General Motors announced today that it's taking a pass on $2 billion in loans that were previously requested last year for the month of March. The automaker cites "company-wide cost reduction efforts as well as pro-active deferrals of spending previously anticipated in January and February" as the reasons for why it's withdrawing the request for money. GM advised the President's Task Force on the Auto Industry of the development this week and revealed the news today at the bottom of a press release containing its statement on the Canadian Auto Workers union ratifying a new contract with concessions. The low key announcement is strange considering the good light in which the automaker will likely be cast for not taking money from the government that isn't needed. Ford, which was the only domestic automaker not to request government aid, has been enjoying that spot light for months.

We're not sure exactly how this affects GM's overall request for government aid, as the automaker revealed to the Treasury Department in its Viability Plan submitted on February 17th that it may need up to $16.6 billion more from the federal government in addition to the $13.4 billion that's already been approved. Though GM's decision to forego $2 billion for the month of March doesn't necessarily signal that the company is healthy and ready to go it alone, its demonstration of successful cost cutting and responsible spending will likely help ensure that the rest of the aid it requested is more easily approved.

[Source: General Motors]

PRESS RELEASE

GM Statement Regarding the Ratification of the CAW Agreement and Update on Cash position

Attributable to Ray G. Young, GM executive vice president and chief financial officer

As GM Canada announced last night, the members of the Canadian Auto Workers (CAW) union have ratified a new competitive agreement with GM Canada (GMCL), which is vital to the continued transformation of the Canadian operations. The agreement between GMCL and the CAW will quickly reduce costs in Canada by significantly closing the competitive gap with U.S. transplant automakers on active employee labor costs and substantially reducing GMCL's legacy costs by introducing cash contributions for health benefits, increasing employee health care cost sharing, freezing pension benefits and removing hourly pension cost of living adjustments.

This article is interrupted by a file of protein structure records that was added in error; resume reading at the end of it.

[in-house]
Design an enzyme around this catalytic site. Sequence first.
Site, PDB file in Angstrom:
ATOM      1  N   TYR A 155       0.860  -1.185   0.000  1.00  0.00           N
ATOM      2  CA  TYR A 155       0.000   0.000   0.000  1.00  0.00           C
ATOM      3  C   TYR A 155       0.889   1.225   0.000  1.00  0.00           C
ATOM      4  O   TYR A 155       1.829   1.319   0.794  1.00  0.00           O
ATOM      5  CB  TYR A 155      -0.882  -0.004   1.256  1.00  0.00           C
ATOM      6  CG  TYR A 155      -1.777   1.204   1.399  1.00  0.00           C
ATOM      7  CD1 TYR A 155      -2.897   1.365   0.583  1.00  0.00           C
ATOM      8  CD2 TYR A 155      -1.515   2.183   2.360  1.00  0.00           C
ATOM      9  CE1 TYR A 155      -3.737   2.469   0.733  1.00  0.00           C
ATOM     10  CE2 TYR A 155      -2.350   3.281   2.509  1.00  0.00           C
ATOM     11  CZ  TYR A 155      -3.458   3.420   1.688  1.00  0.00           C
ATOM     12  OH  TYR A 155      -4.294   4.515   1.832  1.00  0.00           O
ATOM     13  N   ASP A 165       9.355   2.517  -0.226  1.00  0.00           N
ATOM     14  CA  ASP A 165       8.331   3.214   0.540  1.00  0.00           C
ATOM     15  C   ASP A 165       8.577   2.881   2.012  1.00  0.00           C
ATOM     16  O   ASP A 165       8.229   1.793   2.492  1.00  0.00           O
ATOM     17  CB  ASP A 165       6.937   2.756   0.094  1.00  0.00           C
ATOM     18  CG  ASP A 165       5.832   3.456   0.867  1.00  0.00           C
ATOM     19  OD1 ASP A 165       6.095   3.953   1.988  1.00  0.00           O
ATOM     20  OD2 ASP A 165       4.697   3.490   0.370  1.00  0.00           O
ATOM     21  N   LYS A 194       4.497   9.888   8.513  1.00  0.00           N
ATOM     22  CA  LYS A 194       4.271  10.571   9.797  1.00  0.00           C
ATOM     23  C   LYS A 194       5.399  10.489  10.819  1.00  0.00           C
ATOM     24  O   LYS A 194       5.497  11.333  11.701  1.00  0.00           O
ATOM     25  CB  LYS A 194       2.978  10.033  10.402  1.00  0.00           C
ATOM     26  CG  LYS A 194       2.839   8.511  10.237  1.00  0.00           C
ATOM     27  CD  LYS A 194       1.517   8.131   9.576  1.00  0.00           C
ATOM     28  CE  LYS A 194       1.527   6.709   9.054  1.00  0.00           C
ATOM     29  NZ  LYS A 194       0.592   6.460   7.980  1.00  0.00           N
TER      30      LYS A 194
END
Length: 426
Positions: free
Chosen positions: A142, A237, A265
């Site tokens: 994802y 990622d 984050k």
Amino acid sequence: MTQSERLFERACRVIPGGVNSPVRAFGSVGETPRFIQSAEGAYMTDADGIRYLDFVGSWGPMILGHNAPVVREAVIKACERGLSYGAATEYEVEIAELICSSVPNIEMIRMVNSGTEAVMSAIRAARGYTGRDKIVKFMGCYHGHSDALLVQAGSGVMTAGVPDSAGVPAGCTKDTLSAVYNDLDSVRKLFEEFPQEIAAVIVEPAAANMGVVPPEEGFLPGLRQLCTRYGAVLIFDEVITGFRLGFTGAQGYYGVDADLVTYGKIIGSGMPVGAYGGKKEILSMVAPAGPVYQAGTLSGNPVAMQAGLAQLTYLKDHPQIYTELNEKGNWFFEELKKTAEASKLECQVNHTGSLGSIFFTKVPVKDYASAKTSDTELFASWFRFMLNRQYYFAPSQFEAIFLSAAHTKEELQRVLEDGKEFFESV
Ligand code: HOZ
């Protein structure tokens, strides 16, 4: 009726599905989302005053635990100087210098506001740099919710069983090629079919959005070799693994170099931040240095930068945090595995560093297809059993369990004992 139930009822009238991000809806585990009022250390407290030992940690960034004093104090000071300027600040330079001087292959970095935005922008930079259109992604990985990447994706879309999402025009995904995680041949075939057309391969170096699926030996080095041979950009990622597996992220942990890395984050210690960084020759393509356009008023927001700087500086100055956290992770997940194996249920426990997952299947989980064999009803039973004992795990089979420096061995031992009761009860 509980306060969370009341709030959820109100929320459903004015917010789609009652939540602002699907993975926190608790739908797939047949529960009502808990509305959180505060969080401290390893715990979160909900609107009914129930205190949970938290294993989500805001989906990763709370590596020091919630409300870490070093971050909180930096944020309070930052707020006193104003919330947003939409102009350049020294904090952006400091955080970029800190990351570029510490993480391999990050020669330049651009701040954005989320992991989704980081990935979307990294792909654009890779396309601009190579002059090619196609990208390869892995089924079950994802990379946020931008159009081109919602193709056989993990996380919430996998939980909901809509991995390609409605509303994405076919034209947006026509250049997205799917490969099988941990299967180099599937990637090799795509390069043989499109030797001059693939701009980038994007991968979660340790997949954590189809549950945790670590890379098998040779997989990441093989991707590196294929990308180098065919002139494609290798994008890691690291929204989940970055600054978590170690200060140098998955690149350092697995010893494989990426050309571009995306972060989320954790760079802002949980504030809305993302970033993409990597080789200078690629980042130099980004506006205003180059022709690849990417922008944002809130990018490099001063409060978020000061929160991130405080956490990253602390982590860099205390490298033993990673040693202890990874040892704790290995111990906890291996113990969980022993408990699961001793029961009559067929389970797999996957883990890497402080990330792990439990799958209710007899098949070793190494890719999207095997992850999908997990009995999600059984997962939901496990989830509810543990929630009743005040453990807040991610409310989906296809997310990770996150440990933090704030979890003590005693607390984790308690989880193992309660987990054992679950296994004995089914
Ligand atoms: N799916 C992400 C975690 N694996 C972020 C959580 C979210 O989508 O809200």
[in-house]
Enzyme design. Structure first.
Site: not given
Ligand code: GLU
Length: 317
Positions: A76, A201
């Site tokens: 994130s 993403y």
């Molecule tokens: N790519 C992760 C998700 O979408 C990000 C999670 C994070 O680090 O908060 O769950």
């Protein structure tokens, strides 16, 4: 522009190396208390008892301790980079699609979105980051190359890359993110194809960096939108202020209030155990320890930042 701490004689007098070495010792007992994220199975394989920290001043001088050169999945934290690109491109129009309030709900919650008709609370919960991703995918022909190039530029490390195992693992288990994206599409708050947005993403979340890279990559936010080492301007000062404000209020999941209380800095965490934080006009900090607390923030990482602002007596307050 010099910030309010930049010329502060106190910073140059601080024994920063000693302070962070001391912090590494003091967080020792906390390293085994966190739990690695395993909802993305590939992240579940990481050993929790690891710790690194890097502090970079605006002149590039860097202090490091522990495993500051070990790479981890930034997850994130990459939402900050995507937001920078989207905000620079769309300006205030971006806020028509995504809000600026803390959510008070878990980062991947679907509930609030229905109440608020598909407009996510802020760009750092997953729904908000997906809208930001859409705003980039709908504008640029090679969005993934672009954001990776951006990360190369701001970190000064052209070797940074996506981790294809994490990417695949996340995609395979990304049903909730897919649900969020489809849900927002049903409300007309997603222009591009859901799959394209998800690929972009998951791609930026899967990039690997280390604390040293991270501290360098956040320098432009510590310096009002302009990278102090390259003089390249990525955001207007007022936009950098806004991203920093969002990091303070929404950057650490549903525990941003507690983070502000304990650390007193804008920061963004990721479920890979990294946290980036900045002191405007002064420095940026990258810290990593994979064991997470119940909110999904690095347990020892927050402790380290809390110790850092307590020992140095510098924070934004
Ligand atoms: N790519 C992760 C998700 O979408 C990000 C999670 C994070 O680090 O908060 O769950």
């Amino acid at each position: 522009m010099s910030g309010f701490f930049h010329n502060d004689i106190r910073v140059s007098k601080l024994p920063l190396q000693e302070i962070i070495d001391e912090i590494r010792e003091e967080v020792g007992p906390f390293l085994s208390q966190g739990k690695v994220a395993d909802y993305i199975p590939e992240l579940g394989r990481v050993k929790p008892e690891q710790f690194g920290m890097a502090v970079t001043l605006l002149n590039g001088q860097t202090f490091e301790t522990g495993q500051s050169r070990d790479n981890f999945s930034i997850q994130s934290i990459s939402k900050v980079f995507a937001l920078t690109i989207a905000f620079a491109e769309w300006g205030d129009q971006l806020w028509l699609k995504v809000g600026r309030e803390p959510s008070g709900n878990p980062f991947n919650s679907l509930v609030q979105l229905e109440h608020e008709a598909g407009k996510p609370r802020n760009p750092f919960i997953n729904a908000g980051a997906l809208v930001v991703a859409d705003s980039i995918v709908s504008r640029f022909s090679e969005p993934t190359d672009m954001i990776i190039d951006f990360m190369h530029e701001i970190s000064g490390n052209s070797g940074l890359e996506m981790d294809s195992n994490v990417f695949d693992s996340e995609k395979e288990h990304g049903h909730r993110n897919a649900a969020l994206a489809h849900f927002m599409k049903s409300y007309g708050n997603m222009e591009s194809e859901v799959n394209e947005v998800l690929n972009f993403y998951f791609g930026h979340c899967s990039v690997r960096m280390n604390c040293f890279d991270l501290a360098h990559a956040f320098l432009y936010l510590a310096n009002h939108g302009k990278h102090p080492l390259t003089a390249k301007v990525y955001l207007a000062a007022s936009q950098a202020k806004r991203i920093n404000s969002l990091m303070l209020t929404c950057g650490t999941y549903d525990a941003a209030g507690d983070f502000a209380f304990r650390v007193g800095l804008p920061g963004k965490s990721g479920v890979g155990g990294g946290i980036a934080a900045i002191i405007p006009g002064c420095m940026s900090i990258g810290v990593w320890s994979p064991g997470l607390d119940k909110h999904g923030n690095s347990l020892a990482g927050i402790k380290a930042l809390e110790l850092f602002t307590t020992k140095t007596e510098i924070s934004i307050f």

In addition, GMCL and the CAW will work together with the Canadian government to explore the possibilities of adopting a similar approach to the GM UAW VEBA in the U.S. GM is also continuing its negotiations with the Canadian and Ontario governments for support for the Canadian operations during this unprecedented industry downturn.

In the U.S., GM has also indicated they have advised the Presidential Task Force on The Auto Industry that the $2 billion of funding previously requested for March would not be needed at this time. This development reflects the acceleration of GM's company-wide cost reduction efforts as well as pro-active deferrals of spending previously anticipated in January and February. GM will remain in regular contact with the Presidential Task Force on the Auto Industry on the status of GM's restructuring actions, its liquidity position, timing of future funding requests, and other relevant topics of mutual concern.

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